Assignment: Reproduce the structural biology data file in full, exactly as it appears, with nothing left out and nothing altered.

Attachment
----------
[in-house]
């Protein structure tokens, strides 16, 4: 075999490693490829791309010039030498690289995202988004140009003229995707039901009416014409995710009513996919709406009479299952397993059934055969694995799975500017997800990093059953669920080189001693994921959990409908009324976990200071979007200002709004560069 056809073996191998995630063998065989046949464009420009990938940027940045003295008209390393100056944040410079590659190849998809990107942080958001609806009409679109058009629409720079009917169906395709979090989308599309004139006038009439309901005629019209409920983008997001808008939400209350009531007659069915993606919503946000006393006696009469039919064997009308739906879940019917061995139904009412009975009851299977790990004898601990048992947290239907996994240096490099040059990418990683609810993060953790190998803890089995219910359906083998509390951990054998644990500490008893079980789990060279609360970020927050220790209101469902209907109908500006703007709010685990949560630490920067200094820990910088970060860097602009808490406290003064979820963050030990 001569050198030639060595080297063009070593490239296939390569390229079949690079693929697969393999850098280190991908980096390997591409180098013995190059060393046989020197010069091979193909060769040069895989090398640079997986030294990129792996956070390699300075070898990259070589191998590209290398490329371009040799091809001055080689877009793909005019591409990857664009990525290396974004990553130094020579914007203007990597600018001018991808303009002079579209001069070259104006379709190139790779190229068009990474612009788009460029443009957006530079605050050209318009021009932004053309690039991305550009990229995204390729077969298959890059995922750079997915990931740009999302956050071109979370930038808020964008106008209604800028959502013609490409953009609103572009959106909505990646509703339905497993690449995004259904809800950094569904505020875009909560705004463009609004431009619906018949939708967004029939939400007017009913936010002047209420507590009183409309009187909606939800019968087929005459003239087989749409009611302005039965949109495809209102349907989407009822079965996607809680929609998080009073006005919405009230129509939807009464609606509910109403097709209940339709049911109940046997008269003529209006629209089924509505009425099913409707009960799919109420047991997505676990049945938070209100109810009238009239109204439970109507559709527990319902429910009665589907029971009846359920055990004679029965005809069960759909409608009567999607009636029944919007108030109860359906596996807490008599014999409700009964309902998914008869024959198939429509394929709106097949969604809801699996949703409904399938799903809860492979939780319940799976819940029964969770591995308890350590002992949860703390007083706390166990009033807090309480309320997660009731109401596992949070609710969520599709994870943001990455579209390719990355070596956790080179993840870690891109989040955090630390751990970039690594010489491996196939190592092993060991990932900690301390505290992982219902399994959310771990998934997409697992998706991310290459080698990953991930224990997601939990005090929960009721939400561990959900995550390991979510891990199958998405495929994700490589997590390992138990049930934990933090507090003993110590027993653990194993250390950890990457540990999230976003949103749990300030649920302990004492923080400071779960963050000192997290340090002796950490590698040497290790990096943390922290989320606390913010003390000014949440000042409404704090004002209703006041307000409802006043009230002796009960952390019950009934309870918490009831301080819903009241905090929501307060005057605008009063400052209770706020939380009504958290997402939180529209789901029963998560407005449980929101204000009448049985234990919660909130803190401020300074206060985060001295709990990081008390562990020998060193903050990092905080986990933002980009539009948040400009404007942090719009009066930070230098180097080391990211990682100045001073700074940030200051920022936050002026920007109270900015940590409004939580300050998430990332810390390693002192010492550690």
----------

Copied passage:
[in-house]
């Protein structure tokens, strides 16, 4: 075999490693490829791309010039030498690289995202988004140009003229995707039901009416014409995710009513996919709406009479299952397993059934055969694995799975500017997800990093059953669920080189001693994921959990409908009324976990200071979007200002709004560069 056809073996191998995630063998065989046949464009420009990938940027940045003295008209390393100056944040410079590659190849998809990107942080958001609806009409679109058009629409720079009917169906395709979090989308599309004139006038009439309901005629019209409920983008997001808008939400209350009531007659069915993606919503946000006393006696009469039919064997009308739906879940019917061995139904009412009975009851299977790990004898601990048992947290239907996994240096490099040059990418990683609810993060953790190998803890089995219910359906083998509390951990054998644990500490008893079980789990060279609360970020927050220790209101469902209907109908500006703007709010685990949560630490920067200094820990910088970060860097602009808490406290003064979820963050030990 001569050198030639060595080297063009070593490239296939390569390229079949690079693929697969393999850098280190991908980096390997591409180098013995190059060393046989020197010069091979193909060769040069895989090398640079997986030294990129792996956070390699300075070898990259070589191998590209290398490329371009040799091809001055080689877009793909005019591409990857664009990525290396974004990553130094020579914007203007990597600018001018991808303009002079579209001069070259104006379709190139790779190229068009990474612009788009460029443009957006530079605050050209318009021009932004053309690039991305550009990229995204390729077969298959890059995922750079997915990931740009999302956050071109979370930038808020964008106008209604800028959502013609490409953009609103572009959106909505990646509703339905497993690449995004259904809800950094569904505020875009909560705004463009609004431009619906018949939708967004029939939400007017009913936010002047209420507590009183409309009187909606939800019968087929005459003239087989749409009611302005039965949109495809209102349907989407009822079965996607809680929609998080009073006005919405009230129509939807009464609606509910109403097709209940339709049911109940046997008269003529209006629209089924509505009425099913409707009960799919109420047991997505676990049945938070209100109810009238009239109204439970109507559709527990319902429910009665589907029971009846359920055990004679029965005809069960759909409608009567999607009636029944919007108030109860359906596996807490008599014999409700009964309902998914008869024959198939429509394929709106097949969604809801699996949703409904399938799903809860492979939780319940799976819940029964969770591995308890350590002992949860703390007083706390166990009033807090309480309320997660009731109401596992949070609710969520599709994870943001990455579209390719990355070596956790080179993840870690891109989040955090630390751990970039690594010489491996196939190592092993060991990932900690301390505290992982219902399994959310771990998934997409697992998706991310290459080698990953991930224990997601939990005090929960009721939400561990959900995550390991979510891990199958998405495929994700490589997590390992138990049930934990933090507090003993110590027993653990194993250390950890990457540990999230976003949103749990300030649920302990004492923080400071779960963050000192997290340090002796950490590698040497290790990096943390922290989320606390913010003390000014949440000042409404704090004002209703006041307000409802006043009230002796009960952390019950009934309870918490009831301080819903009241905090929501307060005057605008009063400052209770706020939380009504958290997402939180529209789901029963998560407005449980929101204000009448049985234990919660909130803190401020300074206060985060001295709990990081008390562990020998060193903050990092905080986990933002980009539009948040400009404007942090719009009066930070230098180097080391990211990682100045001073700074940030200051920022936050002026920007109270900015940590409004939580300050998430990332810390390693002192010492550690």